From only 1990 to 2020, the world has already lost 420 million hectares of forest – an area larger than the European Union. Deforestation harms our planet by eliminating trees, which are carbon sinks, producing more carbon dioxide into the atmosphere and destroying natural habitats and biomes.
The Regulation sets mandatory rules for companies which want to place these commodities on the EU market, the Commission now aims to ensure that only deforestation-free and legal products are allowed on the EU market.
Using a benchmarking system to assess countries and their level of risk of deforestation and forest degradation driven by the commodities in the scope of the regulation, the Commission will communicate with big consumer countries to join efforts to tackle this issue.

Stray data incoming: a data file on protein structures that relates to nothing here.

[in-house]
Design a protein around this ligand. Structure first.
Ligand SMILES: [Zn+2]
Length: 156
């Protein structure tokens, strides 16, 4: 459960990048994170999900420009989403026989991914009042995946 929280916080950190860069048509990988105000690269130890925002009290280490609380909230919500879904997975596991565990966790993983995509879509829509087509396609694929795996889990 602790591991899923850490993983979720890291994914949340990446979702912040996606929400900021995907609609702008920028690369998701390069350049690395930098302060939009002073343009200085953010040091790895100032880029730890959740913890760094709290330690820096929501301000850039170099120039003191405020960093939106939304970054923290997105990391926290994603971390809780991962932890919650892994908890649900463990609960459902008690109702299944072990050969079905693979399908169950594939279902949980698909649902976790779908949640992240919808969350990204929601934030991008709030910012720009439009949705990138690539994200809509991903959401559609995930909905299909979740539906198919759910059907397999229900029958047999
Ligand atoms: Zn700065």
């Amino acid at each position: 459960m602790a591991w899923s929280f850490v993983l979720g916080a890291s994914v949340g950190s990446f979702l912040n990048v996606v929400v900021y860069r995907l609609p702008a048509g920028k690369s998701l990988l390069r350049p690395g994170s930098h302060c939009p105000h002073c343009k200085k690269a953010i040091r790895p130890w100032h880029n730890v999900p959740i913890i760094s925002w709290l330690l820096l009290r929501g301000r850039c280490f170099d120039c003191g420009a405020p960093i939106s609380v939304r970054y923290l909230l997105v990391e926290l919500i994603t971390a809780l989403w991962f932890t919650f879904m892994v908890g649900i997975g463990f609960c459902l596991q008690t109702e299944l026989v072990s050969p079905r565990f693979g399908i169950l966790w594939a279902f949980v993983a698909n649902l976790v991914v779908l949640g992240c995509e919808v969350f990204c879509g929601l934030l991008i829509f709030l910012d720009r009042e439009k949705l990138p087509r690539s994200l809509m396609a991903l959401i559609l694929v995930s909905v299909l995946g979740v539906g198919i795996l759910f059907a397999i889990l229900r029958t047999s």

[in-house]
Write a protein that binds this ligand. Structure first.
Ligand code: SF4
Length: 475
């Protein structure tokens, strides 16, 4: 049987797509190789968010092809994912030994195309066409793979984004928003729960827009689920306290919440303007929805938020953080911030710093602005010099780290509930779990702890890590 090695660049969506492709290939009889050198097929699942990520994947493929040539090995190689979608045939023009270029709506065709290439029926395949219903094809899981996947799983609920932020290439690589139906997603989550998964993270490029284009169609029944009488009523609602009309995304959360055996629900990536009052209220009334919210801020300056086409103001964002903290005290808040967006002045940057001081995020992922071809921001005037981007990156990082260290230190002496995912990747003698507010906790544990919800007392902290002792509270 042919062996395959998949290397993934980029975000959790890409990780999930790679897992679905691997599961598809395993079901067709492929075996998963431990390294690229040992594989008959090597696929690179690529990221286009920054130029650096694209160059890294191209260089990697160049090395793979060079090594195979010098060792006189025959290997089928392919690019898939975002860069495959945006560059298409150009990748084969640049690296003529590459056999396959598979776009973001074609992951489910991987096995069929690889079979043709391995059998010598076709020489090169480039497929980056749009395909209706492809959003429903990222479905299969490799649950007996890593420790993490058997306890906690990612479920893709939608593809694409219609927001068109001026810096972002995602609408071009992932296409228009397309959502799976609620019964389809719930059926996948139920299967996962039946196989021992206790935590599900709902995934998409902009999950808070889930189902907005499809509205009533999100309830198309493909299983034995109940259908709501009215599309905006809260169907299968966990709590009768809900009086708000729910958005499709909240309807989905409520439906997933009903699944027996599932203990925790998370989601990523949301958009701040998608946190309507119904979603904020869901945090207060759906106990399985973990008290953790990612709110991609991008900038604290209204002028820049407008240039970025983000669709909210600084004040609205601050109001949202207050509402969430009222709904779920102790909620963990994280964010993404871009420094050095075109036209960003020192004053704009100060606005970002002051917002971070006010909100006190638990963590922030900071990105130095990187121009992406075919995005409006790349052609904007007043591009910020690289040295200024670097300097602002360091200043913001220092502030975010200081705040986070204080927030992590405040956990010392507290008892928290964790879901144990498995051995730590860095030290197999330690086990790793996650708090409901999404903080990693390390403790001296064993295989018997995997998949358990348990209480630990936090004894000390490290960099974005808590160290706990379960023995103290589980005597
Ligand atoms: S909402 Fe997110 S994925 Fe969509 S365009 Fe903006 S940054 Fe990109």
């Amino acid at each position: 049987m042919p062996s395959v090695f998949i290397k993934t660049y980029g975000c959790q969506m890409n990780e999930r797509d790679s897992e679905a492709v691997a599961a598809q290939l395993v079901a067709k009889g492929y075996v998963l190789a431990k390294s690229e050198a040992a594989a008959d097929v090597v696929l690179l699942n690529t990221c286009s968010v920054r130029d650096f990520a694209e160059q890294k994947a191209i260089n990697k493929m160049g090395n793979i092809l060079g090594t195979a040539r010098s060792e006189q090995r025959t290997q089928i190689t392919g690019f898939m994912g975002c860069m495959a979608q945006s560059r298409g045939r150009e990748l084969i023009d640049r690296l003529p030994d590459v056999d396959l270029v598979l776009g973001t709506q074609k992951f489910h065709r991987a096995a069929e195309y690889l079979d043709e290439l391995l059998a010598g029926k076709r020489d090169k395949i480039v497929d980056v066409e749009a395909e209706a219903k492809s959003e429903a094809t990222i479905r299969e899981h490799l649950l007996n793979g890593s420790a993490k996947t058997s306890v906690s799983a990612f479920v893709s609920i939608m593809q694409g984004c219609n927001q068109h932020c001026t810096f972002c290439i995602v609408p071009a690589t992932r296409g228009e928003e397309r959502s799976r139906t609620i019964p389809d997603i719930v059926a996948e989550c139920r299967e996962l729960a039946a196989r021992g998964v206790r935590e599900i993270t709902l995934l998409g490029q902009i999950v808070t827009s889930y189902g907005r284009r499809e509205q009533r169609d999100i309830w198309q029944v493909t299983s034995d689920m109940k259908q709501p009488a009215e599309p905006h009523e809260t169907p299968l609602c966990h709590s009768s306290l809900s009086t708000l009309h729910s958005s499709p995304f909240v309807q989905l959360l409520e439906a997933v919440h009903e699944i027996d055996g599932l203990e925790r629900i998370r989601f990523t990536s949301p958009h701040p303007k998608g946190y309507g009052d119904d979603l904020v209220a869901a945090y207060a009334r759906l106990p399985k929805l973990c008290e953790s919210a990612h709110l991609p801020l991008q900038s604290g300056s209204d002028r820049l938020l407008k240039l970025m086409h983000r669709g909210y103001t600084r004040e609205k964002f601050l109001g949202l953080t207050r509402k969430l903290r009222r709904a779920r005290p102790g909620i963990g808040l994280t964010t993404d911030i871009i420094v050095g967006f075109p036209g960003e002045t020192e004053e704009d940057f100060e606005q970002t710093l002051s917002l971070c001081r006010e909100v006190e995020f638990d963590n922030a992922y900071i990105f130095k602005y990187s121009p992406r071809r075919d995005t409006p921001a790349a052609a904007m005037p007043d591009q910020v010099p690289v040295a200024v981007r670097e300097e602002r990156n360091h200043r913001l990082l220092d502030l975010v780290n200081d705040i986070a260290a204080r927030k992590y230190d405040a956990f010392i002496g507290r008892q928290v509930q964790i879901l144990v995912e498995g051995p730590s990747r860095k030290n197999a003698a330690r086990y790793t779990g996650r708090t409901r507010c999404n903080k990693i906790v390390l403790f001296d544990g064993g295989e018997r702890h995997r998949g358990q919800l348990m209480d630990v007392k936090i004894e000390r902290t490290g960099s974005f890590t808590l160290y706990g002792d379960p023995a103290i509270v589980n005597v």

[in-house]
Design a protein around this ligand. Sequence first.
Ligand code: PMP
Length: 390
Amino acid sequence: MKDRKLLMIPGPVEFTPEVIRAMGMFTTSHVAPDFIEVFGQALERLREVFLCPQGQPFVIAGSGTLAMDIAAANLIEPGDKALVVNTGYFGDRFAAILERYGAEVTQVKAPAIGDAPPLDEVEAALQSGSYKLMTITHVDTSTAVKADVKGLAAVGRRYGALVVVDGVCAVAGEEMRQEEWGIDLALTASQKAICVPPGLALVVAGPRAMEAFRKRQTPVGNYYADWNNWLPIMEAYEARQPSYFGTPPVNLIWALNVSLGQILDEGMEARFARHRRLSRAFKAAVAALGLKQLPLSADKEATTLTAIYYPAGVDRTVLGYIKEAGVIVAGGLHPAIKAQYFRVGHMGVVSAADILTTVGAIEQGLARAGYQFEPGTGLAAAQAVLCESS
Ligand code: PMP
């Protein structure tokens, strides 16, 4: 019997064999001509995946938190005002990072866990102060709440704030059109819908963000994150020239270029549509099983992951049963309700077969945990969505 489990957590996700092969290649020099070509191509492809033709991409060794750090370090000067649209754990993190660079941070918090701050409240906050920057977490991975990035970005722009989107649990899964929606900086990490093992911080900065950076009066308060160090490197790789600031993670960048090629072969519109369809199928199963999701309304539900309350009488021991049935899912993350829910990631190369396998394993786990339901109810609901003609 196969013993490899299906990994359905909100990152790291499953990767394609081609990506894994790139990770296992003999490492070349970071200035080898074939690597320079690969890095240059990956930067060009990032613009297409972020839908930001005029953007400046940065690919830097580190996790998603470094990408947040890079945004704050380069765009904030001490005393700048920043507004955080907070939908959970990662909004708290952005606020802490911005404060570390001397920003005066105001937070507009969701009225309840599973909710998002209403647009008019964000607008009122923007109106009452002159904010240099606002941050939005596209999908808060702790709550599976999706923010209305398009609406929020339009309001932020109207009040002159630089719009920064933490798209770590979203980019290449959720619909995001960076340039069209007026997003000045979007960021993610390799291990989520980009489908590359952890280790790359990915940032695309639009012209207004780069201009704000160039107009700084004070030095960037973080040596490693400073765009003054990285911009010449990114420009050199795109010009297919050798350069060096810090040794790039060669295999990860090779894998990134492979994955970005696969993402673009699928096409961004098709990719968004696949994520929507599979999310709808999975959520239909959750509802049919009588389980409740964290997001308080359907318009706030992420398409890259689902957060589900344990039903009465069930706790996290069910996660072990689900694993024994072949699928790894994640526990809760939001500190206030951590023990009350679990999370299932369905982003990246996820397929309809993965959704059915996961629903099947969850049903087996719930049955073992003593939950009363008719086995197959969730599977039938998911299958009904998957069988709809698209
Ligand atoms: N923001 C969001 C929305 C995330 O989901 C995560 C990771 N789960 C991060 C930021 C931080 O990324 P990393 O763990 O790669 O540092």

By promoting the consumption of ‘deforestation-free’ products and reducing the EU’s impact on global deforestation and forest degradation, the new rules are expected to reduce greenhouse gas emissions and biodiversity loss.
Finally, tackling deforestation and forest degradation will have positive impacts on local communities, including the most vulnerable people like indigenous peoples, who rely heavily on forest ecosystems.
Under the revised Regulation on waste shipments, the Commission will deliver its circular economy and zero pollution ambitions by proposing stronger rules on waste exports, a more efficient system for the circulation of waste as a resource and determined action against illegal waste trafficking.
Waste trafficking is one of the most serious forms of environmental crime as illegal shipments potentially comprise up to 30% of waste shipments worth €9.5 billion annually.